Actors can’t always be themselves
Some of us go through life trying to satisfy other people. We base our decisions and thought processes on the needs of others and not on the things that might be best for ourselves.
Thinking outside of the box, taking a risk and living in the moment are often frowned upon because such concepts are frivolous and too irrational for some to comprehend. Of course, the moment we do take a "leap of faith" we are criticized, chastised and ridiculed for our decision.
We’re often expected to perform at a level that we cannot possibly reach and maintain a non-existent and unrealistic image of ourselves.
Take actors, for example. More often than not, the roles they portray on screen or on stage are not complete reflections of their true personality.
"It’s just a role," most thespians say.
"I’m not that person," soap opera actors constantly scream.
But people will always see what they want to see – the character being portrayed as a reflection of an actor’s opinion, beliefs and values, especially in films such as Brokeback Mountain.
Conservatives and religious leaders called the film immoral and ungodly, when in actuality the film didn’t really show a lot of nudity or sexual activity. The film’s purpose was not to throw homosexuality in the face of its viewers nor was it the intention of the cast and crew to disrupt or nullify a person’s view of a cowboy.
Yet conservatives deem Heath Ledger and Jake Gyllenhaal heathens for portraying cowboys differently from what history tells us. Even after Ledger’s death, people still criticize him for his role in the film. What does criticizing him now, of all times, really prove other than the fact that perhaps the people making them have too much time on their hands? How disrespectful are these critics that they will not let a young man’s soul rest in peace?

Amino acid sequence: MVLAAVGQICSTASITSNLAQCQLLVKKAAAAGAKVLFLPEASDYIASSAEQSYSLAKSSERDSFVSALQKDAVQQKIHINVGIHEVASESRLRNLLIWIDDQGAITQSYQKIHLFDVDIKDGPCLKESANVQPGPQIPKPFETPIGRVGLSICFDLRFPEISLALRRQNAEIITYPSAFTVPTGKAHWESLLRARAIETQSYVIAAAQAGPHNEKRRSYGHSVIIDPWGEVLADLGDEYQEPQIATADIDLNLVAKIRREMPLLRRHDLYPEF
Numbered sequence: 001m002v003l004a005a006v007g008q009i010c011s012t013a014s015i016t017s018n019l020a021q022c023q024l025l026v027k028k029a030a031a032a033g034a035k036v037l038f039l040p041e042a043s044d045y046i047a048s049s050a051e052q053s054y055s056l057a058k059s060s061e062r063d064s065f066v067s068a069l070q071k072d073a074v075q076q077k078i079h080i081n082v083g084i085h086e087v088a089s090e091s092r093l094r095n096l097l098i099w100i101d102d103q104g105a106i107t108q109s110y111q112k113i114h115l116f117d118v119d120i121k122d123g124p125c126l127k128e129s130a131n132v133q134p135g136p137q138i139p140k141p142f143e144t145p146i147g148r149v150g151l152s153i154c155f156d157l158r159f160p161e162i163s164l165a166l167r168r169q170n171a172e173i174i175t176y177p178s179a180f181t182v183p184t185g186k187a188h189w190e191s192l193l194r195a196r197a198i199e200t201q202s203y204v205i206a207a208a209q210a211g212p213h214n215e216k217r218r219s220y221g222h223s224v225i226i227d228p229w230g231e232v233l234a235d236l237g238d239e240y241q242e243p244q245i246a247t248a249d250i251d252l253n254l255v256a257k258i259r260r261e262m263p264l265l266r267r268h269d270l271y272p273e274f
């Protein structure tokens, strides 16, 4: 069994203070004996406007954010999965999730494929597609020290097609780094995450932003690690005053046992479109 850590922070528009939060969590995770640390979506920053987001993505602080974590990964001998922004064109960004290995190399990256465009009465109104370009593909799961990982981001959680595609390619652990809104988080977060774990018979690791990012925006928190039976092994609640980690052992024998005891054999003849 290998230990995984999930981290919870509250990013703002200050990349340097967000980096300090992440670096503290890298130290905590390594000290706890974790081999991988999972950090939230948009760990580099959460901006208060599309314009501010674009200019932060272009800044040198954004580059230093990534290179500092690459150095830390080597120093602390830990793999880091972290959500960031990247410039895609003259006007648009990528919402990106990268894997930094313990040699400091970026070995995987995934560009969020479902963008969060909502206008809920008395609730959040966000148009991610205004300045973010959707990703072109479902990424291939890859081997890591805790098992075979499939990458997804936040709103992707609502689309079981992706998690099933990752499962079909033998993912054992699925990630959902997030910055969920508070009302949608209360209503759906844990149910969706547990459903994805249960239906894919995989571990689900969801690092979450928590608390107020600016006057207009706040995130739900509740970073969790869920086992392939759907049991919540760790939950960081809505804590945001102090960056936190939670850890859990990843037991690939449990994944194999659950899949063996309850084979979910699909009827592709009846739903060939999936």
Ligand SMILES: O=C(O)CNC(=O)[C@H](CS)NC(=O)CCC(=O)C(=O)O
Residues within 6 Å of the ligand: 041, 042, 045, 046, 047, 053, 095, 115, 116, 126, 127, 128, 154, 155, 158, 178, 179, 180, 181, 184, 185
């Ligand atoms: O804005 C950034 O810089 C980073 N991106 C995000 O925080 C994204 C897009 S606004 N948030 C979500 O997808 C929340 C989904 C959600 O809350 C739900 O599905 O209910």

Why should anyone fault Ledger, Gyllenhaal or any other actor who dares to portray a role outside of his or her realm of comfort? They certainly did not star in the film to please anyone. We should not make assumptions about other people without getting to know a person first. People make wrong assumptions everyday that cause us to, at some point, defend our values, opinions and decisions against the majority.
We cannot be afraid to stand up to those who desire to confine us to the same small box in which they have obviously remained for so long. Our purpose in life is not to be someone else or even someone’s minion.
As students and professionals, we must remember that we’re not going to please everyone all the time. How can we when there is only one of us and many of them?
Latimer, an English post-baccalaureate student, can be reached via [email protected].